Bence Vági and a member of the Recirquel troupe during rehearsals for My Land
© Tamás Réthey-Prikkel | Recirquel

Recirquel Company Budapest has been making waves ever since its foundation six years ago. This contemporary circus ensemble has performed all over the world, including Tel-Aviv, Cannes, Bogotá and Edinburgh, with dates recently announced for New York. Artistic director and founder Bence Vági also directed the Closing Ceremony of the 17th FINA World Aquatics Championships, held in Budapest in 2017. Recirquel is now resident at Müpa Budapest, where it premieres all of its contemporary circus productions, the first to be designed for a theatre stage in Hungary. 

We spoke with Recirquel's founder and artistic director Bence Vági about his vision.

Recirquel aims to “narrow the distance between physical theatre, dance and circus”. How did you, a trained dancer, discover circus? 

Circus has been for me one of those ever-present influences, but never consciously noted. With the creation of Recirquel, this influence emerged to the surface to become one with my contemporary and classical dance training.

Do you feel that circus art provided you with a new dimension for theatrical storytelling?

Circus is a new dimension for theatrical expression: it only entered theatre in the 1970s. We could say, in a way, that the theatre world was bored: they brought in music and contemporary dance, and they were looking for ways to reinvent theatre and the way it tells stories.

Night Circus
© Attila Nagy

You trained with Endre Jeszenszky, who taught you Russian ballet among other forms of dance. How deep is your connection to these classical roots? 

When I was a young dancer I was resisting classical ballet and everything that followed very strict rules and regulations. As you grow older and more mature, you find the beauty and freedom in the limited aesthetic system of ballet. I fall in love with classical ballet more and more with age, and I think ballet is one of the most beautiful ways of telling a story in physical theatre. What's especially inspirational for me is how you can take this traditional way of storytelling and implant it into contemporary circus, creating what we call "cirque danse".

You work with the same artists over the years, production after production rather than on a show per show basis, much like a dance company. Why?

Our company was founded with eleven artists who had just graduated from the Hungarian Circus Institute. Working long-term with people gives us much firmer ground to showcase their talent. The more you know a performer, the more you can trust them, the more you can extract from their knowledge and make it visible on stage. We work with other people as well, of course, and we have guest artists featured in our shows. For example, for the FINA World Aquatics Championships' Closing Ceremony we had over 250 artists, half of whom came from circus, half from the dance world. Still, I do stick very much to my company, which is composed of Hungarian artists. In our most recent production, My Land, we started working with seven Ukrainian artists, but we are planning to work with them long-term: we want to watch and nurture their talent for years to come.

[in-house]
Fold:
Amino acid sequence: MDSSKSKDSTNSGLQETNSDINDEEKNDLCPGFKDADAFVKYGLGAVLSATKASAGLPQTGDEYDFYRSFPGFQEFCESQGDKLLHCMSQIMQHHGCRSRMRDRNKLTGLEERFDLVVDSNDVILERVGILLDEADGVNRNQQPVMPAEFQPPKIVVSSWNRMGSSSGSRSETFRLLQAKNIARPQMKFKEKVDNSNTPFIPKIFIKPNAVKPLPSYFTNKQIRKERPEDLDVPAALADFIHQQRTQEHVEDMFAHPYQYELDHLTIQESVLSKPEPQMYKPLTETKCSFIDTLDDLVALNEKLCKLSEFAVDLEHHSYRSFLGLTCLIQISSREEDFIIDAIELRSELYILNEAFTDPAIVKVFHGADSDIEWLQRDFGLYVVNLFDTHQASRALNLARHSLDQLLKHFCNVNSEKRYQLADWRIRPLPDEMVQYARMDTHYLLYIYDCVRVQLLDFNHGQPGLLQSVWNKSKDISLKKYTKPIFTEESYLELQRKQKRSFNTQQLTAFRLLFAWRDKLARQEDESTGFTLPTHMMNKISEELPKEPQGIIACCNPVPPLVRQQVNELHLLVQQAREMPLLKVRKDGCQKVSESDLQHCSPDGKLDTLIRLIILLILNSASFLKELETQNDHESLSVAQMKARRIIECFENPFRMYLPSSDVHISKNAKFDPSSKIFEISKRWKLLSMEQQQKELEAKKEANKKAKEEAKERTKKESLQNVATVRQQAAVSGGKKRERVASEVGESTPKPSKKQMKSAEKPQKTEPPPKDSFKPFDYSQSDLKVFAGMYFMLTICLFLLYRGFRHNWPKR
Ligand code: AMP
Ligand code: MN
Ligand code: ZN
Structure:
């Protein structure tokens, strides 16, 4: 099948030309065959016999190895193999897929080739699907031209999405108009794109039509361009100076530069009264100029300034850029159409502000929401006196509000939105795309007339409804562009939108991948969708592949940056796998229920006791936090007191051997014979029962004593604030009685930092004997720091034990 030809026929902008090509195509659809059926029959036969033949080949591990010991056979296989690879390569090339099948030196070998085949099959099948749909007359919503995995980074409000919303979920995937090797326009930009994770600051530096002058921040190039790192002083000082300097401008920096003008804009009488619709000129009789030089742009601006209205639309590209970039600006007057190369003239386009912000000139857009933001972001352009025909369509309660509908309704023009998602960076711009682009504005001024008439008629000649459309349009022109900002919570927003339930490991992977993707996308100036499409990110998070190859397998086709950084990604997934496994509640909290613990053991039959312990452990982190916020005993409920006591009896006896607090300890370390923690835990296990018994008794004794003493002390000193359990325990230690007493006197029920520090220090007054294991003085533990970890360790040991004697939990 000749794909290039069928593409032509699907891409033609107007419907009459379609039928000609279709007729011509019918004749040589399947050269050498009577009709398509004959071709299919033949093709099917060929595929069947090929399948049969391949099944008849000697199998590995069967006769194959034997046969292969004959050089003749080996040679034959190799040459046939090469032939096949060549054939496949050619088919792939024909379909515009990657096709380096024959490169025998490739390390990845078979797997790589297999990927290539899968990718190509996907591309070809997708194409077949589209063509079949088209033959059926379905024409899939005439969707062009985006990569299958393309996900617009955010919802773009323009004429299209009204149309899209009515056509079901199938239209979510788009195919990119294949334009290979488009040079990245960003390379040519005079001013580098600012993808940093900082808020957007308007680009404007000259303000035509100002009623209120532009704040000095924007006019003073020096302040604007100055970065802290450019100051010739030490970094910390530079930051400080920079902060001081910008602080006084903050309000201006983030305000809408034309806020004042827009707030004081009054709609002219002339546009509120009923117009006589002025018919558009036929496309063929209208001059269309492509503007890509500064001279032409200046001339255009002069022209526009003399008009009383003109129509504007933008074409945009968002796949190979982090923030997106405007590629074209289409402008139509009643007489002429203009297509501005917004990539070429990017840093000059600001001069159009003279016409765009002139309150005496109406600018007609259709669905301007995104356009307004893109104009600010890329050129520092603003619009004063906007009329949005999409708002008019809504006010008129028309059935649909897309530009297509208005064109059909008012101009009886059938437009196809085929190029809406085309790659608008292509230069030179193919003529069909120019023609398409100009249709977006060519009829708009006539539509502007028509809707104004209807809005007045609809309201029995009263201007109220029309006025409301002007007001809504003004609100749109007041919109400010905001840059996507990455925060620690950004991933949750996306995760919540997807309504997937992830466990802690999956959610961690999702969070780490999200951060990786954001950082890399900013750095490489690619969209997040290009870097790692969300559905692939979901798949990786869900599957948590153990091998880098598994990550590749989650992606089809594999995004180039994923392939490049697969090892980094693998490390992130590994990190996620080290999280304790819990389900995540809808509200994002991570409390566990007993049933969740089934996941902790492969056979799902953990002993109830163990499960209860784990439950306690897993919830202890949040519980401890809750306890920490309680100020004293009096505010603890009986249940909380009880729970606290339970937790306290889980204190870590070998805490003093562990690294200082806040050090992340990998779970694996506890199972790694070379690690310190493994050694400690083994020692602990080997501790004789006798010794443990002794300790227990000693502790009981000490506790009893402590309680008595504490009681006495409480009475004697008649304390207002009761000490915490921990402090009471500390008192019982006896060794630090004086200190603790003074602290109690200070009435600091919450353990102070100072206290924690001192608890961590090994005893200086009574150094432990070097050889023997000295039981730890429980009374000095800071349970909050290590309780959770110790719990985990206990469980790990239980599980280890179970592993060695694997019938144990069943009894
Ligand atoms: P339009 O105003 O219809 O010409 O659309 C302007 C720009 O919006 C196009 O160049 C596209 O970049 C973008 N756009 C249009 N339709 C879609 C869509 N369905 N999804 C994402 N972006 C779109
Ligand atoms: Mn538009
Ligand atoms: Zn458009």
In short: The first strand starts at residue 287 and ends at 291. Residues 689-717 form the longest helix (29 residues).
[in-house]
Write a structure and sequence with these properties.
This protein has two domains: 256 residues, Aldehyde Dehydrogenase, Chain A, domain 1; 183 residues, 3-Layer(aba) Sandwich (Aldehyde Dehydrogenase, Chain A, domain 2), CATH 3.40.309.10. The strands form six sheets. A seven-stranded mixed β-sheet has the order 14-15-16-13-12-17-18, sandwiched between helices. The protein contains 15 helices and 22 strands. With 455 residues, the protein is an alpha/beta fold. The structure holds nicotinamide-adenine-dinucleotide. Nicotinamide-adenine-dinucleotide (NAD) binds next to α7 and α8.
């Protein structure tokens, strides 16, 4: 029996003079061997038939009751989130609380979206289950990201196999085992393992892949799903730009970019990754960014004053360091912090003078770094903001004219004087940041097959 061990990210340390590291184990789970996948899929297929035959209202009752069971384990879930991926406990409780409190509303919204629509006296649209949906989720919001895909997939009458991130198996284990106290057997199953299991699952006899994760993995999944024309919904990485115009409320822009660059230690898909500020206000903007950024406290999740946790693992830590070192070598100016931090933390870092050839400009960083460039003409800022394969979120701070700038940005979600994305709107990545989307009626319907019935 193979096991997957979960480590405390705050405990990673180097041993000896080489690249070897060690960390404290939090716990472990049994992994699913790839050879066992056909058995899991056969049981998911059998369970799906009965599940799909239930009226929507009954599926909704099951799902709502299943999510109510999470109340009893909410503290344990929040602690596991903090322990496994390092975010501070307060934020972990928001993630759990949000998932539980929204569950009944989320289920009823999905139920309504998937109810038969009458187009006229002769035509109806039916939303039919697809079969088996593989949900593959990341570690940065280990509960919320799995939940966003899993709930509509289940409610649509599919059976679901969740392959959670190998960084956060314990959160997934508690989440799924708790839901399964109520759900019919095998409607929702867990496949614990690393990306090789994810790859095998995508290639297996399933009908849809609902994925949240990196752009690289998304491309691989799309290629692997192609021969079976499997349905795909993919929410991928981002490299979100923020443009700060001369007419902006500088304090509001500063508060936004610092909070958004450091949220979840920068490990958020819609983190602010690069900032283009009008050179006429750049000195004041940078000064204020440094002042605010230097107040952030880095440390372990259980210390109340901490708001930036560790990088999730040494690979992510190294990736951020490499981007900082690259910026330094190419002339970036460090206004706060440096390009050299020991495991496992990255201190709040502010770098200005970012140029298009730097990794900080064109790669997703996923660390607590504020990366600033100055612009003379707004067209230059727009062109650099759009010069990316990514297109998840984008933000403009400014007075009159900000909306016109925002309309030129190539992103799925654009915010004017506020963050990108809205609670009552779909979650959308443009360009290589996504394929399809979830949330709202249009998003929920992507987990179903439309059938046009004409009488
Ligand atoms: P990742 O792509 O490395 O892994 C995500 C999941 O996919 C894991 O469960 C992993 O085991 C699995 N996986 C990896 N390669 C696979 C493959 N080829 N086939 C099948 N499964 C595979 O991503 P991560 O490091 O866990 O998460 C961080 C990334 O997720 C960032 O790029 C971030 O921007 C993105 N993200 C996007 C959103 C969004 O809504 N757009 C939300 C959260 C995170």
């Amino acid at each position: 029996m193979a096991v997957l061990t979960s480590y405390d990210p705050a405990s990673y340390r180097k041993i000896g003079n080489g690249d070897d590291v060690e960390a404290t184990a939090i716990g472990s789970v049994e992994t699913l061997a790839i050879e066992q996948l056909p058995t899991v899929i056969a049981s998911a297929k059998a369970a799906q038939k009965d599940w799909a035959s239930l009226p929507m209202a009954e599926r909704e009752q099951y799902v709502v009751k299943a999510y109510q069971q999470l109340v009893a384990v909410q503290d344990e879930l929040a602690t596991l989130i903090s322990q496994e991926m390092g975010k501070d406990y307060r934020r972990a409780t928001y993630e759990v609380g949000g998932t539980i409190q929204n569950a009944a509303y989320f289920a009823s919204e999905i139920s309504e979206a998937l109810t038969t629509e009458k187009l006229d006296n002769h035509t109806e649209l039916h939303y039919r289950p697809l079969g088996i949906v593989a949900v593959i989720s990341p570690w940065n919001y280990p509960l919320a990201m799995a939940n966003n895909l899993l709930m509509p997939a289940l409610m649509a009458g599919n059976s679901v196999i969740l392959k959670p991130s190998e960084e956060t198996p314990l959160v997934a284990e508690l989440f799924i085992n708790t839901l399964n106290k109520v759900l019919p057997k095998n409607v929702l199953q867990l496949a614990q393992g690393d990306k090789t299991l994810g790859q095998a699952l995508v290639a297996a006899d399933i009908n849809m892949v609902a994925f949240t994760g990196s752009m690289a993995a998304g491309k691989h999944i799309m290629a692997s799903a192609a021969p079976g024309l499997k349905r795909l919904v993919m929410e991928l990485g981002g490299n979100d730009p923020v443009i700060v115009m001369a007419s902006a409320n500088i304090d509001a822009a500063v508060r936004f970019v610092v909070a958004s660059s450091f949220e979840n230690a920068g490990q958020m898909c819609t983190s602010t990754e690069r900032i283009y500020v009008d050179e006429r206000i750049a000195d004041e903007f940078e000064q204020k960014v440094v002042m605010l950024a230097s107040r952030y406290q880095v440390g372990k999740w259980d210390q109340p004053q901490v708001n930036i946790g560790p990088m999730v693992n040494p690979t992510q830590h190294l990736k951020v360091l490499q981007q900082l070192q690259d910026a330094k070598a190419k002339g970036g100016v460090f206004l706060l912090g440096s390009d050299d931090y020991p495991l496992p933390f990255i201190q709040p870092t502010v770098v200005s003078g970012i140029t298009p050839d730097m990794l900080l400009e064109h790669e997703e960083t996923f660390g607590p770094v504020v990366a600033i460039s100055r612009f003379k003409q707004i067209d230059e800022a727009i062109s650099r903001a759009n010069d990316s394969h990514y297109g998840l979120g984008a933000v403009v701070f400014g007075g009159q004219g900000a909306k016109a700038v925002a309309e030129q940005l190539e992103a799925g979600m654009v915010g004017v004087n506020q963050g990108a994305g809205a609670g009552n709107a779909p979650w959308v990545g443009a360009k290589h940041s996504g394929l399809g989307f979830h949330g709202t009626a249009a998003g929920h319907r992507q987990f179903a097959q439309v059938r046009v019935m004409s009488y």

Your creations feature beautiful musical accompaniment. The movement seems rooted in the soundscape. How do you work with music?

Music plays a very important role in all of our productions. Usually I create the scene without it, just hearing it in my head. Once the scene is finished, I call the composer, I show them the scene and I try to communicate my impressions. There are some Recirquel productions where not a single note of music was written without me being present. It’s like creating a film score: you watch the atmosphere and start looking for music that can help you express the scene's emotion to the audience. Circus is very special in its momentum: when you are 10-metre high on a tight wire, you have to focus on being safe. In those moments music has to help you projecting the emotion of that scene.

Night Circus
© Attila Nagy

Tell us about the shows you are presenting in Budapest this year, Night Circus and Non Solus. It seems that Night Circus belongs more to the circus genre, whereas Non Solus has a distinctive dance quality to its aesthetics. Is that so?

 Our first three productions with the company were really about finding a new language of Hungarian contemporary circus. We have put great emphasis on the development of the company members and have paid a lot of attention to their dance training and the enhancement of their physical knowledge. The abstraction of dance is an amazing way of telling stories. Sometimes circus as a genre is rather limited, because you have to focus on doing a trick while your life is in danger. When you are dancing, you are freer. Combining the freedom of movement with the superhuman qualities of circus brings out a new form of performing arts: the "cirque danse". When we created Non Solus, which is a duet show performed by a dancer and a circus artist, we cross-trained them for over a year. This conflict between the body and the soul is outlining the story of Non Solus, which is a beautiful and very personal metaphor of the moment that changed my life forever: with the creation of Recirquel I entered a new world.


This article was sponsored by Müpa Budapest.